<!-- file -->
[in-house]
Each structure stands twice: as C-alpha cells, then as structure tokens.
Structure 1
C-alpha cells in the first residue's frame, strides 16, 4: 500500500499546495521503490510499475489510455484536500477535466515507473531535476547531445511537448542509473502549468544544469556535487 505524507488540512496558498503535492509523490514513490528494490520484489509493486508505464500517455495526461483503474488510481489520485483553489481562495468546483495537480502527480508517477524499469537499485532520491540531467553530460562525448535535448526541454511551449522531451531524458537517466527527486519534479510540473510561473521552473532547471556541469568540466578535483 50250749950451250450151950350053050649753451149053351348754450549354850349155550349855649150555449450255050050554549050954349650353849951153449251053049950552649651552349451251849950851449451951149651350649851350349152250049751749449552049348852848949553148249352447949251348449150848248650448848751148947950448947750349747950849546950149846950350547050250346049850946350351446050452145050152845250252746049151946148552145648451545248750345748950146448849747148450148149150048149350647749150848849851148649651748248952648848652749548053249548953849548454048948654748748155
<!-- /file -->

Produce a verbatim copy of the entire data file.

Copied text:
[in-house]
Each structure stands twice: as C-alpha cells, then as structure tokens.
Structure 1
C-alpha cells in the first residue's frame, strides 16, 4: 500500500499546495521503490510499475489510455484536500477535466515507473531535476547531445511537448542509473502549468544544469556535487 505524507488540512496558498503535492509523490514513490528494490520484489509493486508505464500517455495526461483503474488510481489520485483553489481562495468546483495537480502527480508517477524499469537499485532520491540531467553530460562525448535535448526541454511551449522531451531524458537517466527527486519534479510540473510561473521552473532547471556541469568540466578535483 50250749950451250450151950350053050649753451149053351348754450549354850349155550349855649150555449450255050050554549050954349650353849951153449251053049950552649651552349451251849950851449451951149651350649851350349152250049751749449552049348852848949553148249352447949251348449150848248650448848751148947950448947750349747950849546950149846950350547050250346049850946350351446050452145050152845250252746049151946148552145648451545248750345748950146448849747148450148149150048149350647749150848849851148649651748248952648848652749548053249548953849548454048948654748748155